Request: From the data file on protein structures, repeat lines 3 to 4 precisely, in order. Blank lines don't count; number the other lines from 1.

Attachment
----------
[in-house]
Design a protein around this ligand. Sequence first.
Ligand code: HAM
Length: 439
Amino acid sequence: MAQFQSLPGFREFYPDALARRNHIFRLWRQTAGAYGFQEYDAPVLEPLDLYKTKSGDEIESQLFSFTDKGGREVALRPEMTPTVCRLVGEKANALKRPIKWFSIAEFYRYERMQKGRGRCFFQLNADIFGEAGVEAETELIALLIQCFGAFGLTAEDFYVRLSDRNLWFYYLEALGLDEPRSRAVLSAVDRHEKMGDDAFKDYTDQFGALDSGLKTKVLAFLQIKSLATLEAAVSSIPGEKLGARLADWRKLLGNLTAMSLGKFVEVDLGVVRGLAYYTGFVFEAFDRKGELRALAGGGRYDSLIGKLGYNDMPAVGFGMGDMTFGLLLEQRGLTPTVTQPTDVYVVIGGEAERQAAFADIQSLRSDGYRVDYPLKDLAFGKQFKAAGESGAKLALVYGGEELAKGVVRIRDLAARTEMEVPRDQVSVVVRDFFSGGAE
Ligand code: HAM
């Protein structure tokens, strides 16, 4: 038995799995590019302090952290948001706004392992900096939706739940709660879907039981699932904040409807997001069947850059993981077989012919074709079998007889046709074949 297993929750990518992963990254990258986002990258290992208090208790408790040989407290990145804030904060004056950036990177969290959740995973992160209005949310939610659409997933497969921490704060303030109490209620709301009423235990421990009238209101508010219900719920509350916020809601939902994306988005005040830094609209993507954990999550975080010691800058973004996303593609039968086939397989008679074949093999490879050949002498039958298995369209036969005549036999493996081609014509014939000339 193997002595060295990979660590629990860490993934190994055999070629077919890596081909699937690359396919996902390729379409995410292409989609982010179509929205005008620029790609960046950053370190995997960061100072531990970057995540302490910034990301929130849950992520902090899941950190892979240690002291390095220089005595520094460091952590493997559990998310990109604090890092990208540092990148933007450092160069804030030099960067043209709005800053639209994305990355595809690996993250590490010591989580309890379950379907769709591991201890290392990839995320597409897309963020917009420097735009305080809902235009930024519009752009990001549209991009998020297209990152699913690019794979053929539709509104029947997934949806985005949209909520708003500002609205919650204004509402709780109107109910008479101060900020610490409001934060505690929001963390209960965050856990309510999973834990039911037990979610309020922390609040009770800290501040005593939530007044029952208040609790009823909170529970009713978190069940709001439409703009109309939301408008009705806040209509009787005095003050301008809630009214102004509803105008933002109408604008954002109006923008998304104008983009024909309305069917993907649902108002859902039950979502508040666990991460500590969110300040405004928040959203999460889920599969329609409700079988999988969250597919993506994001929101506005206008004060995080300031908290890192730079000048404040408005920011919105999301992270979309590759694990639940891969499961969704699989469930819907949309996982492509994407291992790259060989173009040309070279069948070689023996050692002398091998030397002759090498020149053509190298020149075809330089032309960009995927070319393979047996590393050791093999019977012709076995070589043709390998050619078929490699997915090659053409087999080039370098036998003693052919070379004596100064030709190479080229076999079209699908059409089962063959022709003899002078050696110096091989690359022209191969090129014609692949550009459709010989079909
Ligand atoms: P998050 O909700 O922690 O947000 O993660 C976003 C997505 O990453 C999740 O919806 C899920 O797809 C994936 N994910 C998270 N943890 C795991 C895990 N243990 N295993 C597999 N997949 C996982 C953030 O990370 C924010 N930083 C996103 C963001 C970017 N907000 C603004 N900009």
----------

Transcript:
Ligand code: HAM
Length: 439